Class Year


Document Type

Student Research Paper

Date of Creation

Fall 2019

Department 1



Increased media attention on college crime, specifically sexual assault, has led to greater prioritization of campus safety when deciding whether to continue attending a college. This, coupled with society’s view of a four-year college education as a necessity to succeed in the labor market, creates a potential tradeoff between safety on campus and future employment success. To analyze such tradeoff, I use data from the US Department of Education from 2014 to 2017 to examine whether college campus sexual assault at four-year American institutions impacts retention rates. Such results have implications for college policies to combat sexual assault on campus not only to keep students safe, but to prevent students from transferring or dropping out which could curb institutional money flow. Using an OLS model that addresses typical difficulties associated with time series work, I find that college campus sexual assault decreases retention rates at a statistically significant level, implying that college students value their safety at school more than any potential change in their future job market success due to transferring or dropping out.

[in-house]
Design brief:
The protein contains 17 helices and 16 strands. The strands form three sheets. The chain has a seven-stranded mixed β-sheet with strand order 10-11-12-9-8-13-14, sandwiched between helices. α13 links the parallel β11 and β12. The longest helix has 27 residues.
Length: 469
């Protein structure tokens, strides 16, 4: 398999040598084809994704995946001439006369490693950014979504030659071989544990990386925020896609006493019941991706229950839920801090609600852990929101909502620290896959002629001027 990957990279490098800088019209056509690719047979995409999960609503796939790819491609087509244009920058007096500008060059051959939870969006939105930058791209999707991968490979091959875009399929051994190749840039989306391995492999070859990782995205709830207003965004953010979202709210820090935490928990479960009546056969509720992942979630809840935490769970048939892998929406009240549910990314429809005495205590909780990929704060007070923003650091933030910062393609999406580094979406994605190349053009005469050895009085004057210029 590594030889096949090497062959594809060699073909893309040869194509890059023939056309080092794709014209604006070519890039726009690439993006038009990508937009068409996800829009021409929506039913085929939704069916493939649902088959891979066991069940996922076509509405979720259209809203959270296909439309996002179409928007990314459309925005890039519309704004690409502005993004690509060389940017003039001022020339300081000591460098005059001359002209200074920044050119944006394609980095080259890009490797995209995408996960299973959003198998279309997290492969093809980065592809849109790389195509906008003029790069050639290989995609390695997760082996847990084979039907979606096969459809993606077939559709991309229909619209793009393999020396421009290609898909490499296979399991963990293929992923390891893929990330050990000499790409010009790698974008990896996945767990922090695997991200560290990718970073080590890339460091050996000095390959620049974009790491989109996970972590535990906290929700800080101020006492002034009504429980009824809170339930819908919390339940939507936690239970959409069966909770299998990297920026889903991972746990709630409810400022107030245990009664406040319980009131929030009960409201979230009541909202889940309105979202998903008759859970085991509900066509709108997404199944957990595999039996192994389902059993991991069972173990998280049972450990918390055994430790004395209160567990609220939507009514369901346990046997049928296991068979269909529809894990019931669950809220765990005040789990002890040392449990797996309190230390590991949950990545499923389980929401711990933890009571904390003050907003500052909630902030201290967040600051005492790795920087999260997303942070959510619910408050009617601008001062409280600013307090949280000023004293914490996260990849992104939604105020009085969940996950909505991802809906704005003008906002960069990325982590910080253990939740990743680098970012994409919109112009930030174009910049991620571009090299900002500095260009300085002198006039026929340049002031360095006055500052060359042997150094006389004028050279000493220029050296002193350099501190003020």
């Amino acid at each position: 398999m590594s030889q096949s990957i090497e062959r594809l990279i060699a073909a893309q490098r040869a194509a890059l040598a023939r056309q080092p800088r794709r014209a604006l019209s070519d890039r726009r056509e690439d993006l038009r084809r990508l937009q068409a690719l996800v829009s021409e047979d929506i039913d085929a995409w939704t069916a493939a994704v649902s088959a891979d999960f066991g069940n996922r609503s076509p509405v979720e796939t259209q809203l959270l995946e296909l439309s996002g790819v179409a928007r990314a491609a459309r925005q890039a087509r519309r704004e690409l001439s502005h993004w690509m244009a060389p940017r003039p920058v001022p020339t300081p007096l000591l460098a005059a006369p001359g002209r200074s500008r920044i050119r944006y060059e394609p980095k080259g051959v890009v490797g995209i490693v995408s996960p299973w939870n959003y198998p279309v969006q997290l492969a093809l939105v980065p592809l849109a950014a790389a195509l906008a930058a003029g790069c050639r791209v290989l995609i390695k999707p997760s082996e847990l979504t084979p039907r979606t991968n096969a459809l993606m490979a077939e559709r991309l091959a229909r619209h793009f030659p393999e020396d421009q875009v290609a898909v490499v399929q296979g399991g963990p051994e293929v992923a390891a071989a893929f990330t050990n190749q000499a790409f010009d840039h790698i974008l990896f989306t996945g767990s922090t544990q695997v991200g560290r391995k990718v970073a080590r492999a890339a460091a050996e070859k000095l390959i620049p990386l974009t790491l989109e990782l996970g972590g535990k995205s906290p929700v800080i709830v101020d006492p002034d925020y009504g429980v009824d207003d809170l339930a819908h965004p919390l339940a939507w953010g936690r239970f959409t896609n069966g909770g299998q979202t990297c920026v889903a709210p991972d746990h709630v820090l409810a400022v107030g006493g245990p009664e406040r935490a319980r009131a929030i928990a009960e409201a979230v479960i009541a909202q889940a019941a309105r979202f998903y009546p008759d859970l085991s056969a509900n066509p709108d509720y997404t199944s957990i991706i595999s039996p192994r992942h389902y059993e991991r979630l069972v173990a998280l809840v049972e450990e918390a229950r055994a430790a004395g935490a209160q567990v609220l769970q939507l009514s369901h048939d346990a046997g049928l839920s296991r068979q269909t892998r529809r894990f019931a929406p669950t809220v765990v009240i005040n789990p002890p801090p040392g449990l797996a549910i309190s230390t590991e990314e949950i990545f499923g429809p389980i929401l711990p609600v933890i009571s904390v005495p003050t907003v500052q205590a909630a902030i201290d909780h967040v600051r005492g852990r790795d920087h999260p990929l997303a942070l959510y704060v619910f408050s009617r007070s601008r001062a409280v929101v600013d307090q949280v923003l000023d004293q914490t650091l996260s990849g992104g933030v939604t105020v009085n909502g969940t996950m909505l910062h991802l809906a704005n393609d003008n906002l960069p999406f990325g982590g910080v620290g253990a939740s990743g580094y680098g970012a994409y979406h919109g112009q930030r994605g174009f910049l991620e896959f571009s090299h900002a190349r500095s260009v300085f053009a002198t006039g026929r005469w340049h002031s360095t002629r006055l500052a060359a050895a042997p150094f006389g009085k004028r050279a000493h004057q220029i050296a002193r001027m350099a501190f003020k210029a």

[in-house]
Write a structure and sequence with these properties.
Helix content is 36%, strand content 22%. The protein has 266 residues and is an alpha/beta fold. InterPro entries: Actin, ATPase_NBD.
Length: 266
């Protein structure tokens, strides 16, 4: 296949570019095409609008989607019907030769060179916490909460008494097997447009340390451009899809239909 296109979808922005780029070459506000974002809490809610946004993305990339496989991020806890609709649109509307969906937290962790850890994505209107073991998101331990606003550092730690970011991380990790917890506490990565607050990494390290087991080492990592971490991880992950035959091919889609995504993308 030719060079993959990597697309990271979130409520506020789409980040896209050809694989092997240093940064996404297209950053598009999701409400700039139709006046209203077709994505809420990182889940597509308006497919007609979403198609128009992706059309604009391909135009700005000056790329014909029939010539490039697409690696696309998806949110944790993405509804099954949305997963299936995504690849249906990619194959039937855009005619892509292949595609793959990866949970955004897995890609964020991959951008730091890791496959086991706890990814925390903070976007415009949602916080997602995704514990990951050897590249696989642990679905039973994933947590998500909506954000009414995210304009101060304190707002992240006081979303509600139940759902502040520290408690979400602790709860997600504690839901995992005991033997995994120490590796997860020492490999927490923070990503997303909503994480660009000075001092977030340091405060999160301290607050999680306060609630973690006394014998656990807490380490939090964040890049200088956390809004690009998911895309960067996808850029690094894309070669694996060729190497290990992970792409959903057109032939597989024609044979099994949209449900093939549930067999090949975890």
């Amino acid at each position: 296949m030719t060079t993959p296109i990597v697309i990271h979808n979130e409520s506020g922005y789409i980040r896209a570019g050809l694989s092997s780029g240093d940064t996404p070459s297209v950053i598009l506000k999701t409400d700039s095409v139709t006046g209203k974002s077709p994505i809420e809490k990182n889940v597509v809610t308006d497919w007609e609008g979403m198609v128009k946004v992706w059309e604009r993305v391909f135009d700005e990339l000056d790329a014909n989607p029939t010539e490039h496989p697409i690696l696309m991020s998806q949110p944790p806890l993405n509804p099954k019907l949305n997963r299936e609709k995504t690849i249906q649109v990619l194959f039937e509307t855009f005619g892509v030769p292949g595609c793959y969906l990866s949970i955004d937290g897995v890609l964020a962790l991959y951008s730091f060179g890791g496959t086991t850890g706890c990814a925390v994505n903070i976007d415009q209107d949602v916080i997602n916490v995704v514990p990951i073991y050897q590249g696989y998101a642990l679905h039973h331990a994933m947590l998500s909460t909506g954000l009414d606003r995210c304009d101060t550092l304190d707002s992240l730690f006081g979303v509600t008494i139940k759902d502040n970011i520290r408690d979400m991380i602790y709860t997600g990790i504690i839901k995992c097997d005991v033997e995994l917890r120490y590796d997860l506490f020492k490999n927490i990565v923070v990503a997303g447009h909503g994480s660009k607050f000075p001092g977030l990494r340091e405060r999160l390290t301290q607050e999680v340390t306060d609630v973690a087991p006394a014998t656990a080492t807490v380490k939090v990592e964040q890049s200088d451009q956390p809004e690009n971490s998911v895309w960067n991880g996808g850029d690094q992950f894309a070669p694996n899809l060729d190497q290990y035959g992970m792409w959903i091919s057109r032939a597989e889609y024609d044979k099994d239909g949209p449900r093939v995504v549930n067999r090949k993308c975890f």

Written for ECON 352: Advanced Econometrics.

Creative Commons License

Creative Commons Attribution-Noncommercial 4.0 License
This work is licensed under a Creative Commons Attribution-Noncommercial-Share Alike 4.0 License.